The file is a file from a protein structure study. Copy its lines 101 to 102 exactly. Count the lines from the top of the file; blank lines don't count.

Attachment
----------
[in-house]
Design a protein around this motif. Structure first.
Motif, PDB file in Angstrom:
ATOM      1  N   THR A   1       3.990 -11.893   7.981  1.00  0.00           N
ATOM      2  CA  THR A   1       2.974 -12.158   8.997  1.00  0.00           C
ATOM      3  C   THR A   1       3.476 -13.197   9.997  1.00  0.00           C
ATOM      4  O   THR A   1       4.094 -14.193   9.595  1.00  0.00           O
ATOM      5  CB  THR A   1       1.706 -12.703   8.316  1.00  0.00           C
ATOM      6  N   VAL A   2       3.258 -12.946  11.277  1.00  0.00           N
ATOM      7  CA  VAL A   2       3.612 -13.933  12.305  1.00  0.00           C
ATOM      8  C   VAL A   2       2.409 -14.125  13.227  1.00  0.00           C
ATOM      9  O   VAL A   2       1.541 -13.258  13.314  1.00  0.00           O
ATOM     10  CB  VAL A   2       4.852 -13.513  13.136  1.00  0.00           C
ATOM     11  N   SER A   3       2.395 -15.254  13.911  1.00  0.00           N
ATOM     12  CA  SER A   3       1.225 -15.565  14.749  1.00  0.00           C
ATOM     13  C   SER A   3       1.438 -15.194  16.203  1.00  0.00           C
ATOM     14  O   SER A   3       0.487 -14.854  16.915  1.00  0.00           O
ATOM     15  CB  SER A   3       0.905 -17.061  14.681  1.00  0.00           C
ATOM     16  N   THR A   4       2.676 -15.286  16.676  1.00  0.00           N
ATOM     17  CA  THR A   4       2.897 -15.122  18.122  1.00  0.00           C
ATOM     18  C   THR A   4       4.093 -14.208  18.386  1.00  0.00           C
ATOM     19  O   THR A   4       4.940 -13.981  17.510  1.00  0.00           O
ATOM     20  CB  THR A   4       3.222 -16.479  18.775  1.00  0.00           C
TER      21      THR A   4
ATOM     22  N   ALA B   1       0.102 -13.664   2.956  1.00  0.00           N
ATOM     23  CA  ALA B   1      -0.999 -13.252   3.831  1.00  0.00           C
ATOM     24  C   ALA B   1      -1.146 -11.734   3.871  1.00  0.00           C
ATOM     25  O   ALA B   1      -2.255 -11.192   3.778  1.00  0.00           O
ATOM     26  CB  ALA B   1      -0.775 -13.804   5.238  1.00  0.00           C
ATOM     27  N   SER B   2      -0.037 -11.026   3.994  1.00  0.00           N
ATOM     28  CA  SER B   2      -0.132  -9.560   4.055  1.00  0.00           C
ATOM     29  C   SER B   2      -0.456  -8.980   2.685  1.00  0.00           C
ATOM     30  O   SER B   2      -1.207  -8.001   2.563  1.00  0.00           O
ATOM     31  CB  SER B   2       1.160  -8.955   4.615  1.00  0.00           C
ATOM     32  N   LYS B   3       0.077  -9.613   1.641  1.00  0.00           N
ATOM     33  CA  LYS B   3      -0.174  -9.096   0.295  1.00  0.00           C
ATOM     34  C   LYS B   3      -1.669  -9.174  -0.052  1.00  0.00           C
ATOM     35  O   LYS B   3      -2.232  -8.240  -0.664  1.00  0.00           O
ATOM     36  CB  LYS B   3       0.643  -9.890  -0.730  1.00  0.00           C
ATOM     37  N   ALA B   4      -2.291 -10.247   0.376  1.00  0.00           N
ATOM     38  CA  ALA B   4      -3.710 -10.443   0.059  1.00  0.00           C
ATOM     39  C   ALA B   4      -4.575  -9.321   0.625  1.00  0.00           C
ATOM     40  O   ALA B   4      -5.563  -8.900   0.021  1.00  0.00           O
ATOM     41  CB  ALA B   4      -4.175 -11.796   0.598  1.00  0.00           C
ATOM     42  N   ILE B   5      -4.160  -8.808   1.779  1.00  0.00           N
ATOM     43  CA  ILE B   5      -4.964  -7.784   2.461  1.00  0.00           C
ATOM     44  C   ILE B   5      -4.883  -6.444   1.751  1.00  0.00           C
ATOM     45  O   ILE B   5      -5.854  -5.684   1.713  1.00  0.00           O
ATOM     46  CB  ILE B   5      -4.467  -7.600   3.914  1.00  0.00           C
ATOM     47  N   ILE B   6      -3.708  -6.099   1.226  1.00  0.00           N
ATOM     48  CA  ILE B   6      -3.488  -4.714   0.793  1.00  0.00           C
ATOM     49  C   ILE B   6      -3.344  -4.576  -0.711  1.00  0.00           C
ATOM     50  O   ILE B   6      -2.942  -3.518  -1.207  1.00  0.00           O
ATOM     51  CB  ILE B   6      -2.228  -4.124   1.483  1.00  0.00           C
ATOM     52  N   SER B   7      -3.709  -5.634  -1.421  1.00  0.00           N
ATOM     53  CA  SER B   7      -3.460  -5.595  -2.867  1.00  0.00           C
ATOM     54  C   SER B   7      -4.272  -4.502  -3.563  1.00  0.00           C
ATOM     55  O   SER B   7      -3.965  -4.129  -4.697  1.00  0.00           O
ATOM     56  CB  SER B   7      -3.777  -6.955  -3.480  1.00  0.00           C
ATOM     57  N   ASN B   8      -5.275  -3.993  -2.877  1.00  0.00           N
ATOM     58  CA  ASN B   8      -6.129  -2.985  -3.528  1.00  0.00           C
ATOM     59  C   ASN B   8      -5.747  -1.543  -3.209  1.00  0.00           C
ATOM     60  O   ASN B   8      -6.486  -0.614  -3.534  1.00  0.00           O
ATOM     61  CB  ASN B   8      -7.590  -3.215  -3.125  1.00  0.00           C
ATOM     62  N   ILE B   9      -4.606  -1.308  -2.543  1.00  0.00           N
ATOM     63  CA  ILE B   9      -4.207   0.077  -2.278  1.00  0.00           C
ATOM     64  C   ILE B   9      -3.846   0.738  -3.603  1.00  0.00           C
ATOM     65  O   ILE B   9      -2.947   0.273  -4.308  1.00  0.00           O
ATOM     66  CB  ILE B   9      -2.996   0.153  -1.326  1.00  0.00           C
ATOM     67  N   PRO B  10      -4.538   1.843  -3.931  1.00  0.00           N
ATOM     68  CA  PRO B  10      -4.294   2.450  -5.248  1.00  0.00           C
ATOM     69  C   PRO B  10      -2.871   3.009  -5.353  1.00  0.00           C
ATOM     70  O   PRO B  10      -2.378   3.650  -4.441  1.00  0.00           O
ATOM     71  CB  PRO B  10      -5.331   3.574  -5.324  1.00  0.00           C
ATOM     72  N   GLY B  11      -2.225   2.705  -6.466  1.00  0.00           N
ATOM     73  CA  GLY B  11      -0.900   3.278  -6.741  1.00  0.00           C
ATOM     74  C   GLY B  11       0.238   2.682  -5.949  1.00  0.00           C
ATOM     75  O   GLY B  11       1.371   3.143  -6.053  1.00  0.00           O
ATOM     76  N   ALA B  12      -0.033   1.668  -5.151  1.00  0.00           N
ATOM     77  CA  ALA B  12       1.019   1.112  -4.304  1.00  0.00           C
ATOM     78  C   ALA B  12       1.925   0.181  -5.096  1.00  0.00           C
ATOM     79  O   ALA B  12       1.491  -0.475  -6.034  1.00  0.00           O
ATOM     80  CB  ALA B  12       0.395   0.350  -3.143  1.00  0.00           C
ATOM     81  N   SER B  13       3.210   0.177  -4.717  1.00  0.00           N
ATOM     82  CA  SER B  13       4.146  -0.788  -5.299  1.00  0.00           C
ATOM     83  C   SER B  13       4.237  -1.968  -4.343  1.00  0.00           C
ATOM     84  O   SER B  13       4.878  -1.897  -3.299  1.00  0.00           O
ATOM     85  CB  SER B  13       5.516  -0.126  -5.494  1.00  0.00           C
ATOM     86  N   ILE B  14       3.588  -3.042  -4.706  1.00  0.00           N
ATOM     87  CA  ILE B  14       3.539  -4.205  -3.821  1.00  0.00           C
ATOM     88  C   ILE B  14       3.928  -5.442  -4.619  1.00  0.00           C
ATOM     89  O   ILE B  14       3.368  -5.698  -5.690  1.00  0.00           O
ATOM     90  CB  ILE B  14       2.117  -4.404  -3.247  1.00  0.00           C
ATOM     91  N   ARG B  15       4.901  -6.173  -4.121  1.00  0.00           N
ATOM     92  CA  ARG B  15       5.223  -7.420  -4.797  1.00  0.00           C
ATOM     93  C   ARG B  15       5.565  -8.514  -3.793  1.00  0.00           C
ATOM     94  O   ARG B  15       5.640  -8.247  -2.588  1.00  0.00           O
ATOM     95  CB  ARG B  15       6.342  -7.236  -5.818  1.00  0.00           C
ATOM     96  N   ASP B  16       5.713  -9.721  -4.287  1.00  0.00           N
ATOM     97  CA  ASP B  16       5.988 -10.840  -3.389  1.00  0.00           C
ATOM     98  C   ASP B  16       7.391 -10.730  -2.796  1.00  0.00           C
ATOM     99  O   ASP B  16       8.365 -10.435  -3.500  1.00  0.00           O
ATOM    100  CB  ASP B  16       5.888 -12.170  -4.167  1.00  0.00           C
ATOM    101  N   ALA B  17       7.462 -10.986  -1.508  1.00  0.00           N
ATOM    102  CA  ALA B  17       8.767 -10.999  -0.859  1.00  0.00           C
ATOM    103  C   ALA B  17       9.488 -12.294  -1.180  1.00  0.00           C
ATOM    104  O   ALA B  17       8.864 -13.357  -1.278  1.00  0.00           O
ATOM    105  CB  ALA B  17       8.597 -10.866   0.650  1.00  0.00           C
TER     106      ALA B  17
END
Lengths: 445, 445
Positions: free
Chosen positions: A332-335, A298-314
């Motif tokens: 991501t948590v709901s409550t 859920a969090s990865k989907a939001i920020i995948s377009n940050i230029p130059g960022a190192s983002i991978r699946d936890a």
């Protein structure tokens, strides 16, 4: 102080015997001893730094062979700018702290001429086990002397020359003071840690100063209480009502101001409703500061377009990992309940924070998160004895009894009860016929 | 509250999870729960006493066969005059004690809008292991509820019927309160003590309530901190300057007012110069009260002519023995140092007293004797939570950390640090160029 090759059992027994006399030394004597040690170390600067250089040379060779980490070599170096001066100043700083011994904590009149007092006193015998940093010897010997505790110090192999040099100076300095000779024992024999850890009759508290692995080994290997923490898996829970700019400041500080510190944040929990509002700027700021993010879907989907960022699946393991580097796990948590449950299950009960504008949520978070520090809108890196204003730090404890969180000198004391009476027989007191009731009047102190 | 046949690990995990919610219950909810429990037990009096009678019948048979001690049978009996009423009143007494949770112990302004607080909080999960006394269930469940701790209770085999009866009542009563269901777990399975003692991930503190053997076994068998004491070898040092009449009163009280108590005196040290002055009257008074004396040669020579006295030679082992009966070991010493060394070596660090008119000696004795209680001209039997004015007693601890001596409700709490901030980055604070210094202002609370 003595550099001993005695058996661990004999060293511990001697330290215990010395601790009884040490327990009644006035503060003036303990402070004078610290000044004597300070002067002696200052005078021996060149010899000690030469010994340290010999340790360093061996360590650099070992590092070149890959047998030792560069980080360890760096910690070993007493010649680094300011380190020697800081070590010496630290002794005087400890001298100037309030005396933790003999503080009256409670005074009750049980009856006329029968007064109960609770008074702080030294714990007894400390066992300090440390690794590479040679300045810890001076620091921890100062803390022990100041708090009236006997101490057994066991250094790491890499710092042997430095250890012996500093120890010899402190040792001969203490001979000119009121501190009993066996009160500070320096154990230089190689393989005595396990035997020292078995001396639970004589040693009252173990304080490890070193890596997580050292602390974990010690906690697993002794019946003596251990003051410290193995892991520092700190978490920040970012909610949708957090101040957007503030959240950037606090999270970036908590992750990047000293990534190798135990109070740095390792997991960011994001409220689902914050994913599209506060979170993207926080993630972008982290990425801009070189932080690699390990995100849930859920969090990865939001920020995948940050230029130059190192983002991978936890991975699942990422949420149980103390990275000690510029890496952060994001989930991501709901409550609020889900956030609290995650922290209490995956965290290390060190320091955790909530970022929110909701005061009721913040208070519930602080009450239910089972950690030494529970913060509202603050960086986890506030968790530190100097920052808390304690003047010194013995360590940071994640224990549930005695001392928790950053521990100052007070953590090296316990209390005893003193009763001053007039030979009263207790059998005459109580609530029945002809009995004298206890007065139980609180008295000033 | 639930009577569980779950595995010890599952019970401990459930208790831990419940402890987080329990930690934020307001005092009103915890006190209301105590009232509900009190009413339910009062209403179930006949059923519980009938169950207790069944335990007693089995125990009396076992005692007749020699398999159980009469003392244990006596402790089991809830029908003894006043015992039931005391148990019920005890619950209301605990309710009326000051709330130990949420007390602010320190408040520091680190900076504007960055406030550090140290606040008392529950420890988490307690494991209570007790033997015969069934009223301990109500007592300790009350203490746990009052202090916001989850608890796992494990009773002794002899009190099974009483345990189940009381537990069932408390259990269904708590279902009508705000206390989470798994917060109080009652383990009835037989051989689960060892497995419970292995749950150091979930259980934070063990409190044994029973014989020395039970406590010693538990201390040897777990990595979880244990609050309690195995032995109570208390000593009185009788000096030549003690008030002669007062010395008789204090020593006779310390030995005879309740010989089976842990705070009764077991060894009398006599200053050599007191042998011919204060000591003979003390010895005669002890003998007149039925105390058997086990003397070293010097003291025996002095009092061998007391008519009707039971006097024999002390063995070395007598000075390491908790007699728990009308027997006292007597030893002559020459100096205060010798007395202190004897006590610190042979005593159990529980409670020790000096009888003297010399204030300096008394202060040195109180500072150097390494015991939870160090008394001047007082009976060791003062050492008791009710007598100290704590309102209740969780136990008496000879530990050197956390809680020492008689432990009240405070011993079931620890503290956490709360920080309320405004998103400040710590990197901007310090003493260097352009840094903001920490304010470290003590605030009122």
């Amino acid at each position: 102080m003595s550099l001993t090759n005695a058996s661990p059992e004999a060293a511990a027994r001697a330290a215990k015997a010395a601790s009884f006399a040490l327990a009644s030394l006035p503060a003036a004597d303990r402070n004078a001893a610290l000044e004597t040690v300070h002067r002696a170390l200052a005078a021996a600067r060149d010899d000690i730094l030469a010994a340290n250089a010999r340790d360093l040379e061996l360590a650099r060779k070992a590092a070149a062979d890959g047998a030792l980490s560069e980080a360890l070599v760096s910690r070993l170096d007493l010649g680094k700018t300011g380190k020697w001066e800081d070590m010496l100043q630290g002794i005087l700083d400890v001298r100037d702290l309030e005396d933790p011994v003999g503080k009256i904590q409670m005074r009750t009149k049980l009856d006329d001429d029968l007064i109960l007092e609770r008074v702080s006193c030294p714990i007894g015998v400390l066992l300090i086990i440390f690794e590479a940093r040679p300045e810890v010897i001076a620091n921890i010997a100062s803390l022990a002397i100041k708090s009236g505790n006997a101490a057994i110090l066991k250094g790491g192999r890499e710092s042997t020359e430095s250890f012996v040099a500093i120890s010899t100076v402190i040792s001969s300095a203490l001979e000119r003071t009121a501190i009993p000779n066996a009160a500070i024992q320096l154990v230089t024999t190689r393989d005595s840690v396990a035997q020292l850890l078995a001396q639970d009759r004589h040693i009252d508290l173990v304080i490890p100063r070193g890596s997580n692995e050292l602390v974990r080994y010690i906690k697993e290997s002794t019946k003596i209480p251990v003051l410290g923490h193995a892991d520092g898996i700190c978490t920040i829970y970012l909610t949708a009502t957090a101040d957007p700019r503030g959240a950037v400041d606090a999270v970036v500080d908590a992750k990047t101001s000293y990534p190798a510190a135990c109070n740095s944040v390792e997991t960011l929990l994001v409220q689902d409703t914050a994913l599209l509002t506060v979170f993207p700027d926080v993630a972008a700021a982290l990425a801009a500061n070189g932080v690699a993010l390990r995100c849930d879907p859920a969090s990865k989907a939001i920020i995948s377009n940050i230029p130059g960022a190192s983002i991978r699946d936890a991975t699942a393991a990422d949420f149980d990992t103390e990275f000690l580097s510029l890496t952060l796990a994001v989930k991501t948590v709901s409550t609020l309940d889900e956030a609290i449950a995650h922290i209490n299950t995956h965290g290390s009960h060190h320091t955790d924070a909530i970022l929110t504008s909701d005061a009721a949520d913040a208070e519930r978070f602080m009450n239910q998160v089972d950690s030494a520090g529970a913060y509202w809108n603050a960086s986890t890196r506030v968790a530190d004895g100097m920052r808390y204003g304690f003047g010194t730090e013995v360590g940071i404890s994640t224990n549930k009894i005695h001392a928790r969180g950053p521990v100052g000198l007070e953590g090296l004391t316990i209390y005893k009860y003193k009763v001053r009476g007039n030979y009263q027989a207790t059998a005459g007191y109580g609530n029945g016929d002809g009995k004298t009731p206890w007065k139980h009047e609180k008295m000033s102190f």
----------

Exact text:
ATOM     98  C   ASP B  16       7.391 -10.730  -2.796  1.00  0.00           C
ATOM     99  O   ASP B  16       8.365 -10.435  -3.500  1.00  0.00           O